Let's consider a scenario where I compute a HR that appears to violate the proportional hazard assumption according to the cox.zph test, but when plotting the smoothed scaled Schoenfeld residual plot, the violation is found to be not "real", as determined by examining the residual plot to assess the deviation of the coefficient through time, and in this case, the deviation is minor.

I’ve been studying this issue based on a previous Cross Validated discussion in this link. Despite the assumption being violated, the hazard ratio (HR) can still be used for interpretation as long as the function robust=T is applied in the Cox model. Then, the HR will be referred to as the failure-time-averaged hazard ratio.

However, while I'm not a statistician, I've attempted to understand the concept of when to use robust=T.

My questions are as follows:

  1. From my understanding, robust errors are employed to calculate standard deviations in heteroscedastic data. Therefore, if the proportional hazard assumption is violated, is it then assumed that the data used for the Cox analysis is heteroscedastic? Is that why it's recommended to calculate the robust error in this case? In other words, does the violation of the proportional hazard assumption indicate heteroscedasticity, or does it imply it for certain?

  2. Should the robust=T function always be included in a cox model, even when the proportional hazard assumption is not violated?

  3. Should the time-averaged HR always be referred to as the “failure-time-averaged hazard ratio”, or only when the robust=T function is implied in the Cox model?


1 Answer 1


Question 1. There are several types of robust standard errors that can provide useful estimates of the (co)variances of regression coefficient estimates when model assumptions aren't met. Besides the methods for dealing with heteroscedasticity in linear regression, there are forms of robust standard errors that deal with autocorrelation and clustering; see the Wikipedia page on clustered standard errors for some links. That said, I'm not sure how to define "heteroscedasticity" in a survival model.

Question 2. The sandwich estimator for Cox models is "robust to several possible misspecifications in the Cox model including the lack of proportional hazards, incorrect functional form for the covariates, and omitted covariates." (Therneau and Grambsch, p. 160). A potential problem with that robust sandwich estimator is its own variability in small data sets. Nevertheless, Therneau and Grambsch conclude (p. 161):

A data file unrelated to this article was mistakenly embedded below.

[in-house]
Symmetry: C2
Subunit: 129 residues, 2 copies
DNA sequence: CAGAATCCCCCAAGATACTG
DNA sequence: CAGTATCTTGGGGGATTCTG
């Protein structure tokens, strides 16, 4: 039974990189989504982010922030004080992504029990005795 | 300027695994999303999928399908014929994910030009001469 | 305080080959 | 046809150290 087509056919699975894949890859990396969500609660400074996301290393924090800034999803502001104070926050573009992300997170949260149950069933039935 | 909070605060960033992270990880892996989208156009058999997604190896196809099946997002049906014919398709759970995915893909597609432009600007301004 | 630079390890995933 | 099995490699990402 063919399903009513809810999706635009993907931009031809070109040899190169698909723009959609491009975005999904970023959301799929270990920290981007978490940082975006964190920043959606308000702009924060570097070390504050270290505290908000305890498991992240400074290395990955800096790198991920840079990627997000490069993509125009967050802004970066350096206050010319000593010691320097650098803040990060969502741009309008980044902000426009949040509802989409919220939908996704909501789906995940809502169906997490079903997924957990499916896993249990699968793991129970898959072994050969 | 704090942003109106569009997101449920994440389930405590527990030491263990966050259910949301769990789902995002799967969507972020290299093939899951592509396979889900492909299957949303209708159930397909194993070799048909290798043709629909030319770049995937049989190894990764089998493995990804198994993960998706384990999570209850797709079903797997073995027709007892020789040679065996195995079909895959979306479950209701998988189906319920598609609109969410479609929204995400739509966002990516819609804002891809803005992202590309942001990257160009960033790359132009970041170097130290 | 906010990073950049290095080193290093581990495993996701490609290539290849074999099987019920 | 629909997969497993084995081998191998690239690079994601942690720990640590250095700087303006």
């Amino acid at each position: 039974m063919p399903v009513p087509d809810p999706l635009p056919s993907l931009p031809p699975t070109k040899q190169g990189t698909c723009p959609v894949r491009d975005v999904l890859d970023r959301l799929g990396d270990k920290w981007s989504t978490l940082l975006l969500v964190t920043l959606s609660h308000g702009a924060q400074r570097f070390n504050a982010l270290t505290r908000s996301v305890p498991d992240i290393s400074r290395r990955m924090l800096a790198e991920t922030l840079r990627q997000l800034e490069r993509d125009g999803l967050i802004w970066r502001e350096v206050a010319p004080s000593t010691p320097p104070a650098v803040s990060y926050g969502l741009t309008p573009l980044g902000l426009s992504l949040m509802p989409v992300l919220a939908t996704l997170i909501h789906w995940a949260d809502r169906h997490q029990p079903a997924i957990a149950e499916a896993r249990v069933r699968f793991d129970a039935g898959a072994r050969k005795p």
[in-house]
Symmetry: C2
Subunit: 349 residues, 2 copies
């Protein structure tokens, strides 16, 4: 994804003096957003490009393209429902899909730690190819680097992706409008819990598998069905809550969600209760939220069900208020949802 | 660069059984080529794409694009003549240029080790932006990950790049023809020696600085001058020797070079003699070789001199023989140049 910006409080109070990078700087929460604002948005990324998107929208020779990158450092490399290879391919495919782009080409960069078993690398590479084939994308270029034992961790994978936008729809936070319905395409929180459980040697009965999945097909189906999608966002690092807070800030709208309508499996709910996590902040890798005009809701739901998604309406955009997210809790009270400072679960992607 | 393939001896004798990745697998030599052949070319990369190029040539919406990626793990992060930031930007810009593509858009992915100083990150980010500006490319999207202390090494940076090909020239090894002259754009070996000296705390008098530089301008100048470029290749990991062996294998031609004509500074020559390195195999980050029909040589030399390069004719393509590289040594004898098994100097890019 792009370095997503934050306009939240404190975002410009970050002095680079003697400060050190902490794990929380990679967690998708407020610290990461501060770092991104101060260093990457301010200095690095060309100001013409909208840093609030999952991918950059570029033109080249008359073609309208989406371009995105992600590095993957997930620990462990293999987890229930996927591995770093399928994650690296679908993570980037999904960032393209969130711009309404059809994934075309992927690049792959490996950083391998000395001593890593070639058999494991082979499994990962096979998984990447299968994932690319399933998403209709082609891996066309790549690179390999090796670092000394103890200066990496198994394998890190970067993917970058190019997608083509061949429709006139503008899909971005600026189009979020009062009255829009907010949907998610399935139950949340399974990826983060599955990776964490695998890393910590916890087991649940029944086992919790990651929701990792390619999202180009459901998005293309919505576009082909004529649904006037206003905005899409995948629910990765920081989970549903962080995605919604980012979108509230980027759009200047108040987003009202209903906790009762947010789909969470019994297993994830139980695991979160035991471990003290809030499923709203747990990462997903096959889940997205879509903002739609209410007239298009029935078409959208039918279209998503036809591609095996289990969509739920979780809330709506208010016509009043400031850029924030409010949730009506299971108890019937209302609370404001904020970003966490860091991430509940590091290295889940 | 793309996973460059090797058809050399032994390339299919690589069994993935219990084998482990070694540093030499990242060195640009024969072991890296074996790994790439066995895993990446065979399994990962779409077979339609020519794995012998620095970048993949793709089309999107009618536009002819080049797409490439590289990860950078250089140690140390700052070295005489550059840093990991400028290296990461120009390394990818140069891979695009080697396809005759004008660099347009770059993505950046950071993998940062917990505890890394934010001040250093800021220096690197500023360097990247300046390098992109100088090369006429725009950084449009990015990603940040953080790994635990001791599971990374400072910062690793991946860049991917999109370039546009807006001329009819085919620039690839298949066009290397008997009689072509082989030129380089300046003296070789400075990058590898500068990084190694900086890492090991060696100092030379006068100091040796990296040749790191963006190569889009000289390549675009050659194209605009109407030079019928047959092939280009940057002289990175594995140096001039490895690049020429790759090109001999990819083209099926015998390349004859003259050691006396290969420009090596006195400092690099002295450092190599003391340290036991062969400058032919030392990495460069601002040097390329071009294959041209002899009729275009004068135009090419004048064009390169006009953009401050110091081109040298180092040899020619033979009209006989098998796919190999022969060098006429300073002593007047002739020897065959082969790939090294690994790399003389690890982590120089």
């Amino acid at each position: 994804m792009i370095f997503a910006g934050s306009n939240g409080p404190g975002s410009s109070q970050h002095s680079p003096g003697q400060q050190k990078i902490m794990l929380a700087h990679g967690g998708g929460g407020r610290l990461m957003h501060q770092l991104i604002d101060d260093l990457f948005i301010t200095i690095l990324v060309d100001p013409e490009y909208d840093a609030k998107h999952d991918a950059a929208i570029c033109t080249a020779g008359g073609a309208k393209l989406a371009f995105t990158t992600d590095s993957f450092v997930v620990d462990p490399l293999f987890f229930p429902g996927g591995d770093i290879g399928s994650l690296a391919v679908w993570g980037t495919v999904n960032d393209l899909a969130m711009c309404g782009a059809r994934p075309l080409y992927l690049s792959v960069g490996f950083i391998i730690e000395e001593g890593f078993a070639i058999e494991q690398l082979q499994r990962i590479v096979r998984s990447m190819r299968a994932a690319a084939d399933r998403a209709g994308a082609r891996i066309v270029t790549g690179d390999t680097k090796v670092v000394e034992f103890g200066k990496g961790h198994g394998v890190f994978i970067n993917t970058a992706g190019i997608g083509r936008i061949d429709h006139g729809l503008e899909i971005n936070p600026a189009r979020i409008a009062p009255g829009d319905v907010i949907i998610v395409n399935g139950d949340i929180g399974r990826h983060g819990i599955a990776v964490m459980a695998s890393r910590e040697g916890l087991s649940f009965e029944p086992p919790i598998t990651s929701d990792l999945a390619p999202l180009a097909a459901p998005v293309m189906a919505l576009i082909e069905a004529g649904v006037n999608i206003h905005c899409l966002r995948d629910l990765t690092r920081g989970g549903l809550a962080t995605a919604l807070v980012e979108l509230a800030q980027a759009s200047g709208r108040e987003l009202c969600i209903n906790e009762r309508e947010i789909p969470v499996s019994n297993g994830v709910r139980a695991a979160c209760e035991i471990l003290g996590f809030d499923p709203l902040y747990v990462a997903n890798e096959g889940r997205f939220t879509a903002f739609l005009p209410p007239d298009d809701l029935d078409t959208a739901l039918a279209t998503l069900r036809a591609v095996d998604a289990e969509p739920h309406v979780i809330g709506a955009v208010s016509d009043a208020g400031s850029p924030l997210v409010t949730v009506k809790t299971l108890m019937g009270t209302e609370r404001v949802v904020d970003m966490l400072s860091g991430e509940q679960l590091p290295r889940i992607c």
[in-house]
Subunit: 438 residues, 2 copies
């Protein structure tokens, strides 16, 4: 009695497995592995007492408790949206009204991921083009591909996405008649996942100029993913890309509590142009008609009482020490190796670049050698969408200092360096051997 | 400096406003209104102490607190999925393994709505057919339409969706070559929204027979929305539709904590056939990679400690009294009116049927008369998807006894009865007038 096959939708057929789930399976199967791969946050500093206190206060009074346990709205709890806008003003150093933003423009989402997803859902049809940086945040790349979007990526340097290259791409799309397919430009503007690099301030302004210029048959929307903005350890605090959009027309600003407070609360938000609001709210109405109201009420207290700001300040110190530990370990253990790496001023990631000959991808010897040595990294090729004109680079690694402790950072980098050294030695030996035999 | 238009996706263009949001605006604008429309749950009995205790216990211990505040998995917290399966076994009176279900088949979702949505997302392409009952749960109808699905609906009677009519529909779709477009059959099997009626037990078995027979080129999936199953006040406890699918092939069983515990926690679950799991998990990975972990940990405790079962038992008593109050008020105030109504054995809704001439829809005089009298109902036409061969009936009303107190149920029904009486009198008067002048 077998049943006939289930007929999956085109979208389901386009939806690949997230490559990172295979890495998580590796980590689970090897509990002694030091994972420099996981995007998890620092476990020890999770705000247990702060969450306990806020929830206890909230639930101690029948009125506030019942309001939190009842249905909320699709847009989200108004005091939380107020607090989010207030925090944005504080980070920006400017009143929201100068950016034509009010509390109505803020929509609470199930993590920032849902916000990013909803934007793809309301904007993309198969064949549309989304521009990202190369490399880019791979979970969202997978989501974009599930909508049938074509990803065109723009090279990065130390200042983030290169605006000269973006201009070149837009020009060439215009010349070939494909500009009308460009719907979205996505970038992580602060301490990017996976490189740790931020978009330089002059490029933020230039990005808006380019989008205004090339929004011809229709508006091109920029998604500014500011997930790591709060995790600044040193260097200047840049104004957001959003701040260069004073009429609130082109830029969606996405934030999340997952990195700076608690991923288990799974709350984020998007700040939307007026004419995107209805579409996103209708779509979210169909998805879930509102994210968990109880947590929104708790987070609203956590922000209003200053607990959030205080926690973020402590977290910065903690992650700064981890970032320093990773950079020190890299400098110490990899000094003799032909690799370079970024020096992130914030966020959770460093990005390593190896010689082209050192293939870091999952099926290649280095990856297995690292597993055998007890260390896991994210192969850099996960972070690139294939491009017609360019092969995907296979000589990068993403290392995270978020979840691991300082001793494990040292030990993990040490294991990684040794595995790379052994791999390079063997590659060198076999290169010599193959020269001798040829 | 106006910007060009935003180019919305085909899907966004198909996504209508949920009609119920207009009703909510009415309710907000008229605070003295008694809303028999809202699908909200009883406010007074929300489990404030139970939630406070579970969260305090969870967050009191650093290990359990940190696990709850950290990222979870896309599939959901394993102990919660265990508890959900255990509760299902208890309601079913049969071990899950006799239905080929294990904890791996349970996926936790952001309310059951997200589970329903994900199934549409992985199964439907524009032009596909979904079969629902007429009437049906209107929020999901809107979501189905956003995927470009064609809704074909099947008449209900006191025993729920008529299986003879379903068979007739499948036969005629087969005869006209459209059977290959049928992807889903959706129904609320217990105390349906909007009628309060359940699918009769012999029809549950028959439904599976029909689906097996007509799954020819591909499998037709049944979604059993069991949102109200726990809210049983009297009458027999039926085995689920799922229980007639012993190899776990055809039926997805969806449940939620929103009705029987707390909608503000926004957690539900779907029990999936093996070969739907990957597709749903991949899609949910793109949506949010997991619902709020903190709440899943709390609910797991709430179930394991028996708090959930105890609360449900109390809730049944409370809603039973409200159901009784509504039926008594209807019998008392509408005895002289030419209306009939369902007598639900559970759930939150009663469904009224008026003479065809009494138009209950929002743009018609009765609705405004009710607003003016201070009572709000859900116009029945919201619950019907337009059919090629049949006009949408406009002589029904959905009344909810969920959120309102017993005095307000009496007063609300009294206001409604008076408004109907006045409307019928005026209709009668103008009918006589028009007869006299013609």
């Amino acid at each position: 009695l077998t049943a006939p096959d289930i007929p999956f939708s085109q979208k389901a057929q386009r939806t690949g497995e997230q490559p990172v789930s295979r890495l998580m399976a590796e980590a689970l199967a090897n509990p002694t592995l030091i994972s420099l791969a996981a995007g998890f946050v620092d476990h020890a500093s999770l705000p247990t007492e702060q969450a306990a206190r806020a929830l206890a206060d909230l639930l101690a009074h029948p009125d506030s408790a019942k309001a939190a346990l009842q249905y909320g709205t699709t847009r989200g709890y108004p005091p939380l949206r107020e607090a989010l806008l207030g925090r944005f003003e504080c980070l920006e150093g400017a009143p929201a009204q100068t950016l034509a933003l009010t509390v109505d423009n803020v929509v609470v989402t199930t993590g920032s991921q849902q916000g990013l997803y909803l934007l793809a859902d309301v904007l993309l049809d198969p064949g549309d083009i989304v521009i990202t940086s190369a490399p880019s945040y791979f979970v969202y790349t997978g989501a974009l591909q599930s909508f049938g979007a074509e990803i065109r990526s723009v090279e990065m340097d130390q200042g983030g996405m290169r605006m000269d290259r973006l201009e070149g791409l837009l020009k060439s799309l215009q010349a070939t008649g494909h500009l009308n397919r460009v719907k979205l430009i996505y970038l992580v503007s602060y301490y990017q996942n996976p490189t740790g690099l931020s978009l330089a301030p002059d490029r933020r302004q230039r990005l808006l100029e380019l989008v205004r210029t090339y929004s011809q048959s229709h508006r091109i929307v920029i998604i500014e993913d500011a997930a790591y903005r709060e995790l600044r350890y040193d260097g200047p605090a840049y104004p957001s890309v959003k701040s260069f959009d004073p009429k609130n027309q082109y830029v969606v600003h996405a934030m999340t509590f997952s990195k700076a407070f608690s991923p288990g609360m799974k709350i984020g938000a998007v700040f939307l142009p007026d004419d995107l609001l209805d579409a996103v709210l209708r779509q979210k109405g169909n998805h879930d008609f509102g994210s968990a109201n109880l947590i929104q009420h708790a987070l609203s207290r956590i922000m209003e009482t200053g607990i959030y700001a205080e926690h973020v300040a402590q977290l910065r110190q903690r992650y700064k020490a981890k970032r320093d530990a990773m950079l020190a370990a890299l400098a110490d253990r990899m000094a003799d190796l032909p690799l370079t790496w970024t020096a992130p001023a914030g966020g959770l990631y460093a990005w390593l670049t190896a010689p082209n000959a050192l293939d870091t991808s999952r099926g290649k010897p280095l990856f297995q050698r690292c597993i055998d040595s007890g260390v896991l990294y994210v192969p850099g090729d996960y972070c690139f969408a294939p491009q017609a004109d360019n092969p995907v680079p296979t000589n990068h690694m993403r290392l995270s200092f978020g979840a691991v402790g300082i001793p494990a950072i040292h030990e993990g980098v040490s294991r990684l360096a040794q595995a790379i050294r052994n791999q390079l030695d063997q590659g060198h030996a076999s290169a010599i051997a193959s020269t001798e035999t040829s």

we still recommend examination of the sandwich estimate in cases where the Cox model assumptions are suspect.

Question 3. If the proportional hazards assumption isn't met, then any coefficient estimate will necessarily be an event-averaged estimate. The robust estimator does not change the coefficient estimates themselves. It provides an estimate of the variance-covariance matrix of the coefficient estimates that can be used more reliably for inference.

  • $\begingroup$ thanks for your answer! Q2: I have a large dataset, more than 100.000 observations, so I applied the robust=T to all my cox models to be on the "safe side", but is it incorrect to think like that? Because I do know that the ph assumption can be violated by the smallest deviations in large sample sizes. Some of my cox models met the ph assumption, and some did not. For those models that didn't violate the ph assumption, should they be computed without the robust=T then? $\endgroup$
    – Devi Sita
    Commented Apr 29 at 18:03
  • $\begingroup$ and for Q3: I thought that the HR should be referred to as the event-averaged HR when the robust=T is included in the Cox model. However, I now understand that when the proportional hazards (ph) assumption isn't met, it is referred to as an event-averaged HR, regardless of whether robust=T is included or not. This may sound trivial, but what is a HR that does not violate the ph assumption referred to as, if not event-averaged HR? @EdM $\endgroup$
    – Devi Sita
    Commented Apr 29 at 18:08
  • 1
    $\begingroup$ @Aphi11 robust=T also helps deal with omitted covariates and improper functional forms for associations of continuous predictors with outcome. It thus can be a good, cautious choice, particularly with a very large data set in which the variability of the robust estimator (seen in small data sets) shouldn't be a problem. If PH isn't violated, then a hazard ratio is conventionally just called a hazard ratio. That's not really any different from a linear regression slope, which is effectively a type of average over all the observations, when linearity holds. $\endgroup$
    – EdM
    Commented Apr 29 at 18:17
  • $\begingroup$ Thank you for clarifying things! @EdM $\endgroup$
    – Devi Sita
    Commented Apr 29 at 18:19
  • $\begingroup$ @Aphi11 one caution: a "large" data set for survival analysis mainly is a function of the number of events, not the total number of observations. I'm assuming that a reasonable fraction of your 100,000 observations are of event times. $\endgroup$
    – EdM
    Commented Apr 29 at 18:20

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